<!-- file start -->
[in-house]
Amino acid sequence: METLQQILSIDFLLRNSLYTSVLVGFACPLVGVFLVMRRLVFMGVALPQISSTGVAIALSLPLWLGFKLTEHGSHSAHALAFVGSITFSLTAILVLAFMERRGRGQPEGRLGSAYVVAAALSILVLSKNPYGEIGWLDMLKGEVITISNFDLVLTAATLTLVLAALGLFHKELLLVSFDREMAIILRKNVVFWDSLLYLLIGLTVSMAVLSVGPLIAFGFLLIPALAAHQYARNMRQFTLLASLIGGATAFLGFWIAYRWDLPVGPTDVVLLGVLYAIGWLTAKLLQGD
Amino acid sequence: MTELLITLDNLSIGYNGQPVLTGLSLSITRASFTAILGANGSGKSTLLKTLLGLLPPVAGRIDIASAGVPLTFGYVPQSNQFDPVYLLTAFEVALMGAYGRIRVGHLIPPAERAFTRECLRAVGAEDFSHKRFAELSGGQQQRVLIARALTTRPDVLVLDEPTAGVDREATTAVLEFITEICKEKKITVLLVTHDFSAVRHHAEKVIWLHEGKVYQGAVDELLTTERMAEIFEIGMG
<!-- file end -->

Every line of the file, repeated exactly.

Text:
[in-house]
Amino acid sequence: METLQQILSIDFLLRNSLYTSVLVGFACPLVGVFLVMRRLVFMGVALPQISSTGVAIALSLPLWLGFKLTEHGSHSAHALAFVGSITFSLTAILVLAFMERRGRGQPEGRLGSAYVVAAALSILVLSKNPYGEIGWLDMLKGEVITISNFDLVLTAATLTLVLAALGLFHKELLLVSFDREMAIILRKNVVFWDSLLYLLIGLTVSMAVLSVGPLIAFGFLLIPALAAHQYARNMRQFTLLASLIGGATAFLGFWIAYRWDLPVGPTDVVLLGVLYAIGWLTAKLLQGD
Amino acid sequence: MTELLITLDNLSIGYNGQPVLTGLSLSITRASFTAILGANGSGKSTLLKTLLGLLPPVAGRIDIASAGVPLTFGYVPQSNQFDPVYLLTAFEVALMGAYGRIRVGHLIPPAERAFTRECLRAVGAEDFSHKRFAELSGGQQQRVLIARALTTRPDVLVLDEPTAGVDREATTAVLEFITEICKEKKITVLLVTHDFSAVRHHAEKVIWLHEGKVYQGAVDELLTTERMAEIFEIGMG